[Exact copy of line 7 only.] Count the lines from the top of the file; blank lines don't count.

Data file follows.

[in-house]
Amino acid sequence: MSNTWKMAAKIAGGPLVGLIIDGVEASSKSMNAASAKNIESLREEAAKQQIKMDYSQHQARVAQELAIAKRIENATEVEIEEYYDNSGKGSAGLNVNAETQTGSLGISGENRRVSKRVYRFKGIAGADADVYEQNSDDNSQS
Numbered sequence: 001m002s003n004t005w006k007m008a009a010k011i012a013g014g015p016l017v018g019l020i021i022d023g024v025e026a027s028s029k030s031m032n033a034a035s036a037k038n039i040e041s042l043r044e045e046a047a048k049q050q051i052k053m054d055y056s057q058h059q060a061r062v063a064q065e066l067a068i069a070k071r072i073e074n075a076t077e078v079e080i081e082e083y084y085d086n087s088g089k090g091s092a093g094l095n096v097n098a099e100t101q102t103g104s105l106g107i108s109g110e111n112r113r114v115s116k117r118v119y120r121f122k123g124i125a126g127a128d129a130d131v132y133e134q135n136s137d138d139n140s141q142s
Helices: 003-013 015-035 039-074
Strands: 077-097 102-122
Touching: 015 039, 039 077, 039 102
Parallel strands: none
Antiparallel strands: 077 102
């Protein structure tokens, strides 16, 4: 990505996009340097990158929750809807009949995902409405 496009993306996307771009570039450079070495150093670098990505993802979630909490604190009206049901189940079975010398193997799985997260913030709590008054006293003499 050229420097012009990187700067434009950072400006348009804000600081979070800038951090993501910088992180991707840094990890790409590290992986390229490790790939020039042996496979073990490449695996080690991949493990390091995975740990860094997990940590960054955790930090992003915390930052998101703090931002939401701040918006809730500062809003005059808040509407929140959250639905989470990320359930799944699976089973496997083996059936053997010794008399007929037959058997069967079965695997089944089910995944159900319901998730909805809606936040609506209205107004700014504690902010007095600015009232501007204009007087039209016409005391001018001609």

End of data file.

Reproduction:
Parallel strands: none